Century-long lives are here. We’re not ready.

In the United States and beyond, 100-year lives will be common for those born today. Yet our institutions, economic policies, social and cultural norms have not kept pace. Through research, education/training, and out- reach, Stanford Center on Longevity (SCL) helps shape individual, community and social choices to support lives that are longer, healthier, and more rewarding. We envision a future in which all people, regardless of socio-economic status, can make the most of the advantages afforded by increased lifespan—resulting inlives infused at every stage with a sense of belonging, purpose, and worth. We can meet challenges that longevity creates, and make the most of the 100-year opportunity if we act now, guided by these principles:


SCL advances a research-driven agenda that showcases the opportunities created by increased longevity, identifying actionable, evidence-based steps for enhancing the quality of longer lives from birth until death. We demonstrate the economic value of early- and mid-life interventions—underscoring the immense benefits of acting early and investing strategically. We also address longstanding race- and class- based disparities in healthcare, education, housing, and other social goods that hinder opportunities for all Americans to experience longer, healthier lives.

Increased longevity, one of the most profound transformations of the human experience, calls for equally momentous and creative changes in the ways we lead these 100-year lives, at every stage. We can meet challenges that longevity creates if we act now.

Looking for ways to improve your life right now? For all of the latest research and recommendations on sleep, nutrition, exercise, cognition and more, check out Stanford Lifestyle Medicine.


In 2019, a cohort of fellows was appointed for a two-year term and charged with producing critical reports about nine domains that require major change to optimize long lives. In this phase, a new cohort of fellows is charged with building on the first phase by identifying and evaluating specific ways to improve century-long lives. For example, Apoorva Rangan and her mentor, SCL co-director Deborah Kado, a professor of medicine specializing in geriatrics, are working together to redesign medical school curricula to include more geriatric training. Currently, medical students receive almost none.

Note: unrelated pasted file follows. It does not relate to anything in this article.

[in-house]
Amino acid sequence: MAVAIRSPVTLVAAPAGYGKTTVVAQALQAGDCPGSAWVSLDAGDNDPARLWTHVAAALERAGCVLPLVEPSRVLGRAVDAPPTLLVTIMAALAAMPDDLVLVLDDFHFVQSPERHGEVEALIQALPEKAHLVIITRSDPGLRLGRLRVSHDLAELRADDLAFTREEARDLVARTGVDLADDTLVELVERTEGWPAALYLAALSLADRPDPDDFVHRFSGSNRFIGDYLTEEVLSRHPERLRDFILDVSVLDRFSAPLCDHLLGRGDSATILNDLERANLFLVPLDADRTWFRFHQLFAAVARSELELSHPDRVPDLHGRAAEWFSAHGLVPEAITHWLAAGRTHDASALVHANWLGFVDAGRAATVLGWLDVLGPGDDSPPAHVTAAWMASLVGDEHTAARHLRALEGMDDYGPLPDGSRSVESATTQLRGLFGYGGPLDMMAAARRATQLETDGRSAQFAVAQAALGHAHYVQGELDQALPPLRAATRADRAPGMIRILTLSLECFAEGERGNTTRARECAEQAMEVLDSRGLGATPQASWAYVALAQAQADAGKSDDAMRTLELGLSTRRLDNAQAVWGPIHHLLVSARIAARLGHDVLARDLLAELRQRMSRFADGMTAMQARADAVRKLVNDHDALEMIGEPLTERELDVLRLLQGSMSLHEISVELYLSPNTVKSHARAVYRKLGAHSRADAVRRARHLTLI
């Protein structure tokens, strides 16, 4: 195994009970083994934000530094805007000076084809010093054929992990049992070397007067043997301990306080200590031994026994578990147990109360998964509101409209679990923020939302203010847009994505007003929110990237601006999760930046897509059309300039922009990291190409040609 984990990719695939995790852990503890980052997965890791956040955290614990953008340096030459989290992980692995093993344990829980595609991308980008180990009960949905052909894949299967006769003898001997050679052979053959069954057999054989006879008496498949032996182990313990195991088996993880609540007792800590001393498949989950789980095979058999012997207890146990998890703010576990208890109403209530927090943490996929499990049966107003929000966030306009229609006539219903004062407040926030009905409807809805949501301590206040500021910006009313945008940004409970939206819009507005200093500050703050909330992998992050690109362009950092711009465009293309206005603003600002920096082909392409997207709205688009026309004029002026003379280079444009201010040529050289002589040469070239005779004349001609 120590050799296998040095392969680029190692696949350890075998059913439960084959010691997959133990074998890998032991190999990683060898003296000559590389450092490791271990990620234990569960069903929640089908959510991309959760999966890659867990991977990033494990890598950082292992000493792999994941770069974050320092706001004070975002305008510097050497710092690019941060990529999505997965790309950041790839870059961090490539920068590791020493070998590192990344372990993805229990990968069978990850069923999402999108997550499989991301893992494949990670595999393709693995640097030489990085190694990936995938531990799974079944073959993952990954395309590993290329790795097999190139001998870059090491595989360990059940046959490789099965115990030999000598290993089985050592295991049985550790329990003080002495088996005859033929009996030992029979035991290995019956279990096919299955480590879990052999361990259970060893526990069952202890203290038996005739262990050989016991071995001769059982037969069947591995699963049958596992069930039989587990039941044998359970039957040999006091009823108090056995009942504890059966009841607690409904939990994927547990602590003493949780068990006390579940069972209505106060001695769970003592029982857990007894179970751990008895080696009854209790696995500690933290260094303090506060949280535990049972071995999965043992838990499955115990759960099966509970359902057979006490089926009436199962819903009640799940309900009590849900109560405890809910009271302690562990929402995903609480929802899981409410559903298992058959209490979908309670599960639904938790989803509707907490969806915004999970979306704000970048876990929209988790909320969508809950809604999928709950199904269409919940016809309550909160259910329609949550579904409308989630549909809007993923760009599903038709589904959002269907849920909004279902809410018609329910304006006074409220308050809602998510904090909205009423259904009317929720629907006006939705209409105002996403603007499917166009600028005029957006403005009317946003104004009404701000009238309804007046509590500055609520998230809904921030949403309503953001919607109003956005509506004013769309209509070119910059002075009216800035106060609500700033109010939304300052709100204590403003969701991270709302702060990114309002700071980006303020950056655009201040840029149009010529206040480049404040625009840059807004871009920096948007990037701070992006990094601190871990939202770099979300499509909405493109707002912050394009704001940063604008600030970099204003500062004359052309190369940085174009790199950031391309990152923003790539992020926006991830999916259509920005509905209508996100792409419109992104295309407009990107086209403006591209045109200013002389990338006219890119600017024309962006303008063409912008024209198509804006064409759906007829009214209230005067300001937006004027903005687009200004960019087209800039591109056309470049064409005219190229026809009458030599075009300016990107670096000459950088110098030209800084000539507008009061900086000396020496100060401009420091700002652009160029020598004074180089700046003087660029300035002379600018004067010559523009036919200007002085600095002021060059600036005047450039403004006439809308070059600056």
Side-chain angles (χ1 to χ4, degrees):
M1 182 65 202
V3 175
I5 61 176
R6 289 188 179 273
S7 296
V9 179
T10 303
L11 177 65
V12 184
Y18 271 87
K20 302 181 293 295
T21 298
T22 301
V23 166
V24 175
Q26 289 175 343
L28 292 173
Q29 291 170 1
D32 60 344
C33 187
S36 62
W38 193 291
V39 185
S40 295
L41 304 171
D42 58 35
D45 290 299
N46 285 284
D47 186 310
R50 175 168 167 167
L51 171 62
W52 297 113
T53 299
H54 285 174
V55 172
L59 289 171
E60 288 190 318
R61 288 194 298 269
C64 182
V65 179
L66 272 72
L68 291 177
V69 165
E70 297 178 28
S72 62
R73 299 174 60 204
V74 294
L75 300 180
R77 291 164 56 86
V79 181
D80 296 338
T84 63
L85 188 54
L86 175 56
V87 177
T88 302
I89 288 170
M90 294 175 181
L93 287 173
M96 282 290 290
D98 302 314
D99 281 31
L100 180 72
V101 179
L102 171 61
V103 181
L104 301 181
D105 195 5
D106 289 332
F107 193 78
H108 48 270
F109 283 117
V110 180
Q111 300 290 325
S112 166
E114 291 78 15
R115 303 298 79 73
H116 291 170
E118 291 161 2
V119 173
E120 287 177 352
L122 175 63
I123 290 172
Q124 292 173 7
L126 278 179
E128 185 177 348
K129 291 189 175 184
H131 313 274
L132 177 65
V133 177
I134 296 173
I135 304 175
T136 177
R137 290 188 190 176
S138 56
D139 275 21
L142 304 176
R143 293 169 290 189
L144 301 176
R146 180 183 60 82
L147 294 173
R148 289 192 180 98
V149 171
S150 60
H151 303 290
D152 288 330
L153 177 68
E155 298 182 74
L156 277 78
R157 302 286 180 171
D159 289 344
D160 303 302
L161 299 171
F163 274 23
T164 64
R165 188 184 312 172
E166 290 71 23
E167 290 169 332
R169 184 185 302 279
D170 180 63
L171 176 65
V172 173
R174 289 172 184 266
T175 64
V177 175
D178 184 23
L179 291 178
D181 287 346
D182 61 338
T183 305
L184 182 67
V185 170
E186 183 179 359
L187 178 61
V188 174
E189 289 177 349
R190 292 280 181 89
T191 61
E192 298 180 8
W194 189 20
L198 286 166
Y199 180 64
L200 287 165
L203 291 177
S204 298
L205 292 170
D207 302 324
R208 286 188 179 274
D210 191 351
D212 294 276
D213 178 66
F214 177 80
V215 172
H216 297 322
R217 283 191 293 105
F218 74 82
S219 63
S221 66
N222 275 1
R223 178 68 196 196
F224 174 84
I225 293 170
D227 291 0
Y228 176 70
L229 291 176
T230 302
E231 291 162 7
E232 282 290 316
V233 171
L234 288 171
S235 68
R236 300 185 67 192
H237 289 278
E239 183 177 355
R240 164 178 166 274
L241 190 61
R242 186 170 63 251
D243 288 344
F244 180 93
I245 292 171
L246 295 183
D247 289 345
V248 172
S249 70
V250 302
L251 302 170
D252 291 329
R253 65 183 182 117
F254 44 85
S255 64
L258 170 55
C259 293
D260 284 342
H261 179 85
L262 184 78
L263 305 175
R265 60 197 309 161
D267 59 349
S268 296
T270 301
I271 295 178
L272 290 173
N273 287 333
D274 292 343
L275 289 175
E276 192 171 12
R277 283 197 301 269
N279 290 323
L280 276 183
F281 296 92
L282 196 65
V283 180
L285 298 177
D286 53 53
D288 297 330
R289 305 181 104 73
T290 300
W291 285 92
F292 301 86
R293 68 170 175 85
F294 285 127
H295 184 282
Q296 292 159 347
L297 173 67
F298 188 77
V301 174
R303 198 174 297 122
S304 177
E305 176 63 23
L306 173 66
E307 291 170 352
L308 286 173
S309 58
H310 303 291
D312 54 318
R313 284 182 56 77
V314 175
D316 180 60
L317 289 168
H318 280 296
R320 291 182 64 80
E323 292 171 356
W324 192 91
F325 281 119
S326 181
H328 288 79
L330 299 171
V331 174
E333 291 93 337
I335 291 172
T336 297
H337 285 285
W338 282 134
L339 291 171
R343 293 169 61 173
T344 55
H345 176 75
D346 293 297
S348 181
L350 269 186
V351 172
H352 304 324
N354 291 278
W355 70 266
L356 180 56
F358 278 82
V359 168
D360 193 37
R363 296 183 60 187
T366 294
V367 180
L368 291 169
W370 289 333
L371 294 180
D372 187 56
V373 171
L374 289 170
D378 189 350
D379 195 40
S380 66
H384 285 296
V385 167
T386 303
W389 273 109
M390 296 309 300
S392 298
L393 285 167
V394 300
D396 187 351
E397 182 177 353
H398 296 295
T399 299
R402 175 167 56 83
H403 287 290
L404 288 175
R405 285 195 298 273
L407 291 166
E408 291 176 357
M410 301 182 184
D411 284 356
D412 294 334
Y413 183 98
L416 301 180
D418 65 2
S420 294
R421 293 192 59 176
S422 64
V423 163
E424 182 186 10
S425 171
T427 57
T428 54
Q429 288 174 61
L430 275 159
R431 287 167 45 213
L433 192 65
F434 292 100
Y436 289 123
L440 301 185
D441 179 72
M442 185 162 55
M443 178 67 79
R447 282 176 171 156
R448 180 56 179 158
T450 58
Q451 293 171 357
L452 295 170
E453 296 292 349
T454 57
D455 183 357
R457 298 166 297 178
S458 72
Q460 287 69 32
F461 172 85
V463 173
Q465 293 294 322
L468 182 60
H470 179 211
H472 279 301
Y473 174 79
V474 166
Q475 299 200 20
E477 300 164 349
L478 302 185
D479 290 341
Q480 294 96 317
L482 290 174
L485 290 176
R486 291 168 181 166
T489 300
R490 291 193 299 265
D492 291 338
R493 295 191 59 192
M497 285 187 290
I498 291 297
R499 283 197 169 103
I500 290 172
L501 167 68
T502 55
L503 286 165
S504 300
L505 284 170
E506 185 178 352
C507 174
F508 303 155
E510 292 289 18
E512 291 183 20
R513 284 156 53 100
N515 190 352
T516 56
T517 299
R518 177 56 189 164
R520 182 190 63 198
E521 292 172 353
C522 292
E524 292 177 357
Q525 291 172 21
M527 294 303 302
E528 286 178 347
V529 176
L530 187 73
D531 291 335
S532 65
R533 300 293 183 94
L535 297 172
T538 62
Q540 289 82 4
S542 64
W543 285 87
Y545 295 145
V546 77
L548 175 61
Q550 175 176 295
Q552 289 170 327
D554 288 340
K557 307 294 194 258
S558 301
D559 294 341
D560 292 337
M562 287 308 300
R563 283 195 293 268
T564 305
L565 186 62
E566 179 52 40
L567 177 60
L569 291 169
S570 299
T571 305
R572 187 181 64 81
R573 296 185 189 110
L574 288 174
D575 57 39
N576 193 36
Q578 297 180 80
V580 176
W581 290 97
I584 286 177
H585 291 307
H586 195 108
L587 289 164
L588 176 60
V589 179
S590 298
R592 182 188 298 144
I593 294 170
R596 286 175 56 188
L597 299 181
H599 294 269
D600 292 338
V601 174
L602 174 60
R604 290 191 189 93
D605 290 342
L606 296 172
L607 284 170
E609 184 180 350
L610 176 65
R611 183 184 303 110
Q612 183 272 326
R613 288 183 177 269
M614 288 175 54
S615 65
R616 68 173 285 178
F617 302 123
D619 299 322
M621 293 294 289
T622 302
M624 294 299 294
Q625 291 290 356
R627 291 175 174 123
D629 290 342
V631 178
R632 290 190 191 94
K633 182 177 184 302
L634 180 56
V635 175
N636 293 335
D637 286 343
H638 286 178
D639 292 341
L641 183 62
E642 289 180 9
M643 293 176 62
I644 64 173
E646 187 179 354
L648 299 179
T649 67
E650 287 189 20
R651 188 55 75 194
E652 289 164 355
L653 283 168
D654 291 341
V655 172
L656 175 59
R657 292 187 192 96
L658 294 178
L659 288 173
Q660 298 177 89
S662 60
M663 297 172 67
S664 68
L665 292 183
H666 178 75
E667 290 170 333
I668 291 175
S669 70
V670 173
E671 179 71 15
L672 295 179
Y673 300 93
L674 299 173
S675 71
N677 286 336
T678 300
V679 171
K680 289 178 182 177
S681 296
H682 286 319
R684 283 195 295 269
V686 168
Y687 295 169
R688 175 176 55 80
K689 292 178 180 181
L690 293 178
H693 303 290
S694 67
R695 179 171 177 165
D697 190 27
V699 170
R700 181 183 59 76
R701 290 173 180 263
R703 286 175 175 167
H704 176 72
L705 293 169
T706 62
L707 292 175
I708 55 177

Now in its 10th year, the Stanford Center on Longevity Design Challenge is an annual global competition that provides promising designers with a path to drive change in the world.


In this annual convening, we ask smart, creative and innovative people tough questions surrounding the quest for healthier, happier, and more productive life spans. 


The Longevity Transitions Salon series features leaders from a wide range of fields who created new career paths and continue their contributions to society.


Do rules created when most people lived only to 50 or 60 still make sense when more and more people live to be 100? Longer lives are, at once, among the most remarkable achievements in all of human history and the greatest challenges of the 21st century. How can we ensure that our lives are not just longer, but healthy and rewarding as well? 

Century Lives seeks answers to theses questions by weaving together expert insights with the experiences of real people across the country, putting a human face on aging in all its complexity. 

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